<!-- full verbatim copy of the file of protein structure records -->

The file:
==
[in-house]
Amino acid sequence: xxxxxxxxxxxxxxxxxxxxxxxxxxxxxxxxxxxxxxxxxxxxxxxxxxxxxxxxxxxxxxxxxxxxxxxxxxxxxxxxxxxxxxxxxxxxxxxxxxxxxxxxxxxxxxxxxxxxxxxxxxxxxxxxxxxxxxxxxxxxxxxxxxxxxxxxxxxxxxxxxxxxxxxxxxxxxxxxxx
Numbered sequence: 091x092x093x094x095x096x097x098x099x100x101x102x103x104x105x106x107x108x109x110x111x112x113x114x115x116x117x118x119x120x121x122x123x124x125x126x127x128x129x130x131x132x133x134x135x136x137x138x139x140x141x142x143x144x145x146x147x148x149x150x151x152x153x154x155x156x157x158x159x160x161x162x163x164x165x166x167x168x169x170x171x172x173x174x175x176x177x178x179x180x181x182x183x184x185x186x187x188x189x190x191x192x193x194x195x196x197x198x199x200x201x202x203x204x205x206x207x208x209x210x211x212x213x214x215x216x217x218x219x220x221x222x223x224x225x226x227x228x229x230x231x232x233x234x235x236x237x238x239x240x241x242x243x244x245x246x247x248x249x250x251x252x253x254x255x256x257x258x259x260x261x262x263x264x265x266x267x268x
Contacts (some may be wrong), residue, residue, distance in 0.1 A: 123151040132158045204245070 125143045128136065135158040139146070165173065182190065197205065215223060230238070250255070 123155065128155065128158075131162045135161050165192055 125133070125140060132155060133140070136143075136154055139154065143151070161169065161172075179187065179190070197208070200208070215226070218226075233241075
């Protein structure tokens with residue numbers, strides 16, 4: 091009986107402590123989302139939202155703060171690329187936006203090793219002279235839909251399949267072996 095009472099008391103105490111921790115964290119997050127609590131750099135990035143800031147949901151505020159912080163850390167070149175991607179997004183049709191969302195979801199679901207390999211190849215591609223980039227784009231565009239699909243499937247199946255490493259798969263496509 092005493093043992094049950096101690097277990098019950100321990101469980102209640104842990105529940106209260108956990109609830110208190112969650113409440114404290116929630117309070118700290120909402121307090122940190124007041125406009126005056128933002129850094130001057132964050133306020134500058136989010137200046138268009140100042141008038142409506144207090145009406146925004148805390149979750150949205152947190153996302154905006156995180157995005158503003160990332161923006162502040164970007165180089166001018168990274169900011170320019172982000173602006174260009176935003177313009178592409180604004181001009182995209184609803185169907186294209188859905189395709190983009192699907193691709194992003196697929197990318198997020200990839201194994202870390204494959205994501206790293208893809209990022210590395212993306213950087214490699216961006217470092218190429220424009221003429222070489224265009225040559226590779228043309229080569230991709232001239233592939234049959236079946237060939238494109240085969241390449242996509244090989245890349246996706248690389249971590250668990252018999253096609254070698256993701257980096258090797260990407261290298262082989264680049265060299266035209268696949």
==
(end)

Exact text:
[in-house]
Amino acid sequence: xxxxxxxxxxxxxxxxxxxxxxxxxxxxxxxxxxxxxxxxxxxxxxxxxxxxxxxxxxxxxxxxxxxxxxxxxxxxxxxxxxxxxxxxxxxxxxxxxxxxxxxxxxxxxxxxxxxxxxxxxxxxxxxxxxxxxxxxxxxxxxxxxxxxxxxxxxxxxxxxxxxxxxxxxxxxxxxxxx
Numbered sequence: 091x092x093x094x095x096x097x098x099x100x101x102x103x104x105x106x107x108x109x110x111x112x113x114x115x116x117x118x119x120x121x122x123x124x125x126x127x128x129x130x131x132x133x134x135x136x137x138x139x140x141x142x143x144x145x146x147x148x149x150x151x152x153x154x155x156x157x158x159x160x161x162x163x164x165x166x167x168x169x170x171x172x173x174x175x176x177x178x179x180x181x182x183x184x185x186x187x188x189x190x191x192x193x194x195x196x197x198x199x200x201x202x203x204x205x206x207x208x209x210x211x212x213x214x215x216x217x218x219x220x221x222x223x224x225x226x227x228x229x230x231x232x233x234x235x236x237x238x239x240x241x242x243x244x245x246x247x248x249x250x251x252x253x254x255x256x257x258x259x260x261x262x263x264x265x266x267x268x
Contacts (some may be wrong), residue, residue, distance in 0.1 A: 123151040132158045204245070 125143045128136065135158040139146070165173065182190065197205065215223060230238070250255070 123155065128155065128158075131162045135161050165192055 125133070125140060132155060133140070136143075136154055139154065143151070161169065161172075179187065179190070197208070200208070215226070218226075233241075
């Protein structure tokens with residue numbers, strides 16, 4: 091009986107402590123989302139939202155703060171690329187936006203090793219002279235839909251399949267072996 095009472099008391103105490111921790115964290119997050127609590131750099135990035143800031147949901151505020159912080163850390167070149175991607179997004183049709191969302195979801199679901207390999211190849215591609223980039227784009231565009239699909243499937247199946255490493259798969263496509 092005493093043992094049950096101690097277990098019950100321990101469980102209640104842990105529940106209260108956990109609830110208190112969650113409440114404290116929630117309070118700290120909402121307090122940190124007041125406009126005056128933002129850094130001057132964050133306020134500058136989010137200046138268009140100042141008038142409506144207090145009406146925004148805390149979750150949205152947190153996302154905006156995180157995005158503003160990332161923006162502040164970007165180089166001018168990274169900011170320019172982000173602006174260009176935003177313009178592409180604004181001009182995209184609803185169907186294209188859905189395709190983009192699907193691709194992003196697929197990318198997020200990839201194994202870390204494959205994501206790293208893809209990022210590395212993306213950087214490699216961006217470092218190429220424009221003429222070489224265009225040559226590779228043309229080569230991709232001239233592939234049959236079946237060939238494109240085969241390449242996509244090989245890349246996706248690389249971590250668990252018999253096609254070698256993701257980096258090797260990407261290298262082989264680049265060299266035209268696949």